White House endorses revised cybersecurity bill

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The White House has threatened to veto the House's cybersecurity bill, the Cyber Intelligence Sharing and Protection Act (CISPA), over concerns that it would violate people's privacy and fail to protect critical infrastructure, such as electric grids and gas pipelines.

The old version of Lieberman's bill, which also had the administration's support, would have required critical infrastructure operators to meet cybersecurity standards. The revised legislation would incentivize, but not force, the companies to meet standards.

The sponsors also added stronger privacy and civil liberties protections.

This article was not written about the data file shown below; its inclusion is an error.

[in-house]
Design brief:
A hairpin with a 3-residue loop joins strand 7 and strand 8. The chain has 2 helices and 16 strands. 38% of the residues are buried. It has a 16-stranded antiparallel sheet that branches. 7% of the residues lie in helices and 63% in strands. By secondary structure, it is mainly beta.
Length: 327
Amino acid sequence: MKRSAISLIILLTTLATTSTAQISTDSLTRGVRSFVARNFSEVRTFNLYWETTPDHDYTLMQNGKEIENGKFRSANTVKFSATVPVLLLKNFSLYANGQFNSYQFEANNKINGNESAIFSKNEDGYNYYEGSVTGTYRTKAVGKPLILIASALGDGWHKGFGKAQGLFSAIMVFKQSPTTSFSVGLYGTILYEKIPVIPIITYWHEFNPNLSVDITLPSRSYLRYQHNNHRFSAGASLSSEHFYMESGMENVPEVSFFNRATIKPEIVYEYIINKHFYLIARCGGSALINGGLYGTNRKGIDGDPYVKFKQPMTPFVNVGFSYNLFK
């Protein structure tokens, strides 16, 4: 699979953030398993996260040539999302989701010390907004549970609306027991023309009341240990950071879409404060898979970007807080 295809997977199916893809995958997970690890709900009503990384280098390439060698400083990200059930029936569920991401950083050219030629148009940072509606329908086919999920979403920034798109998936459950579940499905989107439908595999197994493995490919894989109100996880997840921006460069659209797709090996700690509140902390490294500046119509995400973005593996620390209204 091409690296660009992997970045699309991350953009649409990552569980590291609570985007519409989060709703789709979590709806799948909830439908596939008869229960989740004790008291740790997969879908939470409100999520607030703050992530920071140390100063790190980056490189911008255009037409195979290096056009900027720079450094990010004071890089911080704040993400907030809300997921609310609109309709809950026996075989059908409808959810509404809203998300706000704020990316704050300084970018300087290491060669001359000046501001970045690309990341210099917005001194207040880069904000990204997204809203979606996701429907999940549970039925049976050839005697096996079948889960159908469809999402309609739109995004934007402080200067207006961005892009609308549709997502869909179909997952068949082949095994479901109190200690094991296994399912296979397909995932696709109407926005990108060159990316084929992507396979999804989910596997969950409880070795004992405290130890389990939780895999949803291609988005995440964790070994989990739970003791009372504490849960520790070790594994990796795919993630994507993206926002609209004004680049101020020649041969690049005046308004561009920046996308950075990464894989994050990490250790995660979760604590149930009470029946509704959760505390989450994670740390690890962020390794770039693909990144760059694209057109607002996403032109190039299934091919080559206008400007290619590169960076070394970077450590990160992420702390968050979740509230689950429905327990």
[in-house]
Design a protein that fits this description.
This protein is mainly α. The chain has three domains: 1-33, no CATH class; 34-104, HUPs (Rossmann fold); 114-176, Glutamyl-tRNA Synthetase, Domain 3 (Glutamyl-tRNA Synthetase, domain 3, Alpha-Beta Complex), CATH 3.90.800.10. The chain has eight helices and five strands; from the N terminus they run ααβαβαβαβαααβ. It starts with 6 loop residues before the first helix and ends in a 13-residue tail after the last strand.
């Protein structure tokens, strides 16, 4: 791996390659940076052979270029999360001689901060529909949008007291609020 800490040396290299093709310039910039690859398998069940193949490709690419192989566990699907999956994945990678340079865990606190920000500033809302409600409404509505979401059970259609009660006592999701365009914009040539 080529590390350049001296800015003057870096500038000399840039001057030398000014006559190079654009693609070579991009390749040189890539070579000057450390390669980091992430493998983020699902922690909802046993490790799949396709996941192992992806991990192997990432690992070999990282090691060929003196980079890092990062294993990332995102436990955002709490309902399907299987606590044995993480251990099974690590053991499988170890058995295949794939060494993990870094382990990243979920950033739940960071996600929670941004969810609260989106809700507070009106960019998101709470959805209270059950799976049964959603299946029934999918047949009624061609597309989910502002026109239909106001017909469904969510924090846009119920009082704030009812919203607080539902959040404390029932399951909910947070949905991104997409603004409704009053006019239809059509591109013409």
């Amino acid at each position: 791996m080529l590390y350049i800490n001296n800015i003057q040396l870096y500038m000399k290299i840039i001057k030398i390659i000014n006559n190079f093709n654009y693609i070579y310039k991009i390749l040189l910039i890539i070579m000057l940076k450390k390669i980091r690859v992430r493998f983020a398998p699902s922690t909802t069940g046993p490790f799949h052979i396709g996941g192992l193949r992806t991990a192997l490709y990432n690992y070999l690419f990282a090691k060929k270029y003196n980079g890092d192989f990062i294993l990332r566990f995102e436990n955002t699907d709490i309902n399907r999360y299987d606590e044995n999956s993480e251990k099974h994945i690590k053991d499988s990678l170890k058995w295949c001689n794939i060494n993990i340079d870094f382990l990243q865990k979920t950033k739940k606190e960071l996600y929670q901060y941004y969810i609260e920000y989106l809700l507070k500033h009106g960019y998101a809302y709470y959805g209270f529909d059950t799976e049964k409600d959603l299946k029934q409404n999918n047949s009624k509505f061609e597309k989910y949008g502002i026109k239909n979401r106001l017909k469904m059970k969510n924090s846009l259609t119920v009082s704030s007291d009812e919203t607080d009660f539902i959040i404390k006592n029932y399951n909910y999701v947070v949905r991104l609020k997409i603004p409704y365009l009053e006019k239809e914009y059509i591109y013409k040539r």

The administration said it opposes any amendments that would weaken the privacy safeguards or further weaken the critical infrastructure standards.

"The Administration is confident that S. 3414 can improve the Nation's cybersecurity while protecting the privacy, confidentiality, and civil liberties that are central to American values," the White House wrote.

But the White House did urge the Senate to make certain changes to the legislation.

The administration said provisions directing the executive branch to coordinate with foreign governments should be revised to maintain "maintain the president's exclusive constitutional authority to conduct diplomacy."

The statement also said the bill should be revised so as to prevent information about the government's "intelligence sources and methods" from being shared.

Senate Republicans on Thursday indicated they will allow Lieberman's bill to move forward in a procedural vote but haven't committed to passing it.

— This story was updated at 2:30 p.m.